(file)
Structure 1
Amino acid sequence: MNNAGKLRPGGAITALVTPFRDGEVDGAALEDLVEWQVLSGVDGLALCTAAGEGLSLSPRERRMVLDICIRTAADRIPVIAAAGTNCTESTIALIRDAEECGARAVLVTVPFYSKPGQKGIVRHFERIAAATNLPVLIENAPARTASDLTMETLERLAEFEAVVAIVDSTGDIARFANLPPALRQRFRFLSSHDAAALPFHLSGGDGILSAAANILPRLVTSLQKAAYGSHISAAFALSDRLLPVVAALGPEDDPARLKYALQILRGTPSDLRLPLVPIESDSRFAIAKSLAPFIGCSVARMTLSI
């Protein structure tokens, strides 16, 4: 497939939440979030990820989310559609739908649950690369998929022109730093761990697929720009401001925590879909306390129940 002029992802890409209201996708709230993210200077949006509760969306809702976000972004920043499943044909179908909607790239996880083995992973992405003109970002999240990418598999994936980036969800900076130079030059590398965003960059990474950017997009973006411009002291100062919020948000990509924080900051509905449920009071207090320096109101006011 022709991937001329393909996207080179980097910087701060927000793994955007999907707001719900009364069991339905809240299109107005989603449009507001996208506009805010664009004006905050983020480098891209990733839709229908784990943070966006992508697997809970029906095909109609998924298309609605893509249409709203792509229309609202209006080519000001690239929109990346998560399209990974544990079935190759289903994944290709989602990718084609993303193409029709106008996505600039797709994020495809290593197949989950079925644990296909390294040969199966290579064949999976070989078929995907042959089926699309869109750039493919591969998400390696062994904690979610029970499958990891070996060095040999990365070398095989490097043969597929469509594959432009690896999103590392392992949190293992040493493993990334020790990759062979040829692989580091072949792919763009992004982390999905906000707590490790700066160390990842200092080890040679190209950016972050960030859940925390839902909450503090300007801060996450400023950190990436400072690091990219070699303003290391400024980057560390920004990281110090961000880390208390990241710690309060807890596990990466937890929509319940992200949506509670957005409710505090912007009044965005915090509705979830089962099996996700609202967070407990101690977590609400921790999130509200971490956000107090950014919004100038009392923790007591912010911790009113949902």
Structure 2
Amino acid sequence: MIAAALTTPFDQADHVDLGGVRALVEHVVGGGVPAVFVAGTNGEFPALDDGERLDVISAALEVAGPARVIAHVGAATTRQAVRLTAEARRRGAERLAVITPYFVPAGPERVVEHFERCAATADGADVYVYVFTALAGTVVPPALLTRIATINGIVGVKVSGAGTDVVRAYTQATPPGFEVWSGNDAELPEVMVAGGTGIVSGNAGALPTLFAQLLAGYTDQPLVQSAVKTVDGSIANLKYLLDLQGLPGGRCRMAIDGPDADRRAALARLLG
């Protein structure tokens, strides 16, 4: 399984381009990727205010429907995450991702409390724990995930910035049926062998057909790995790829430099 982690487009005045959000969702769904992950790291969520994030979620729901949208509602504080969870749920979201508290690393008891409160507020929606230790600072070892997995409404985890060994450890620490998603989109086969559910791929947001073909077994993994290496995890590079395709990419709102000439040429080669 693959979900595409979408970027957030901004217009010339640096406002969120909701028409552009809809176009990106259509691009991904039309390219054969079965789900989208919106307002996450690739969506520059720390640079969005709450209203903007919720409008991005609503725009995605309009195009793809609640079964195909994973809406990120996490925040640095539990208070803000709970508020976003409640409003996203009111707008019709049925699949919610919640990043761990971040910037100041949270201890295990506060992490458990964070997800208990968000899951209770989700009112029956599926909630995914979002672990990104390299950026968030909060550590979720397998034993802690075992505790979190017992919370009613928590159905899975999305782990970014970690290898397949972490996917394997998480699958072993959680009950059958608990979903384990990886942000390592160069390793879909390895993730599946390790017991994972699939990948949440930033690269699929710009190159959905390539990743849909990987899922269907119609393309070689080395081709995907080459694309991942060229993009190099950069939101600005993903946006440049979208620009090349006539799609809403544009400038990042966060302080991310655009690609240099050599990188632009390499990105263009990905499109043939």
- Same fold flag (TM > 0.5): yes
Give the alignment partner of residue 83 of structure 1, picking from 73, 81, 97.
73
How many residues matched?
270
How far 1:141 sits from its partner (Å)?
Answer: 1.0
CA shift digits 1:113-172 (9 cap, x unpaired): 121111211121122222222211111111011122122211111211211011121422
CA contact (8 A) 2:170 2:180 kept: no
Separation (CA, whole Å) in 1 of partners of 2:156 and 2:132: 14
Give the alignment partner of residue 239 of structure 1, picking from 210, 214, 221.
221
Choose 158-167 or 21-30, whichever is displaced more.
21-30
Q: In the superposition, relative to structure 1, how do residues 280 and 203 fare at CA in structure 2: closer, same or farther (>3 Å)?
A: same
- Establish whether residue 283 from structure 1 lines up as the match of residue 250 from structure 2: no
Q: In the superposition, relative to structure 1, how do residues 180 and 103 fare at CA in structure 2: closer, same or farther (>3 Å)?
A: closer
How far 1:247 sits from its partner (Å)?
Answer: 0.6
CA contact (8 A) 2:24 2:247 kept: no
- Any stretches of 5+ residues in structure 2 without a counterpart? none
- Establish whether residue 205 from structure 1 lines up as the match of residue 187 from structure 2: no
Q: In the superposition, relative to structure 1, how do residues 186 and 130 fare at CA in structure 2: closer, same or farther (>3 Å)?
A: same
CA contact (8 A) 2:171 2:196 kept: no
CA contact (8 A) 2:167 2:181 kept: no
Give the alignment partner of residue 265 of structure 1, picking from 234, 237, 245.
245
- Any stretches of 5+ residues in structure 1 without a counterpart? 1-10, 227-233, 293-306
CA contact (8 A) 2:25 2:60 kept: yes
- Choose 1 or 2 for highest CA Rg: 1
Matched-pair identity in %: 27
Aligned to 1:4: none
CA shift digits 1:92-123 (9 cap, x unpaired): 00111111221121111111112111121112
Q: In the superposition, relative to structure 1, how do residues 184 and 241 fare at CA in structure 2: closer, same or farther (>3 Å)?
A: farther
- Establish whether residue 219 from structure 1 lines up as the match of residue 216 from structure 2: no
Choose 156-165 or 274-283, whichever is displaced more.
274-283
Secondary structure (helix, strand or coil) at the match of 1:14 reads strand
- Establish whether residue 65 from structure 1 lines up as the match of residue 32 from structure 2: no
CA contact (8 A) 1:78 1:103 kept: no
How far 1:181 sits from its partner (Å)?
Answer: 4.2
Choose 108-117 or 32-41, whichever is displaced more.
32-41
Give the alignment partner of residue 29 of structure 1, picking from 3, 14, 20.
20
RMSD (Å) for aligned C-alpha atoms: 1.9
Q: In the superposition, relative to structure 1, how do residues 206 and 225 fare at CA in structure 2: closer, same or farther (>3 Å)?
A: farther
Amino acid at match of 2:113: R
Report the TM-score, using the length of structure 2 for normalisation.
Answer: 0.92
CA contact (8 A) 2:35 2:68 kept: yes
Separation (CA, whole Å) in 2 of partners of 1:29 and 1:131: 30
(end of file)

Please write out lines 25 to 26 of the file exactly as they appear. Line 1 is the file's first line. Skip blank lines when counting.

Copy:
A: closer
How far 1:247 sits from its partner (Å)?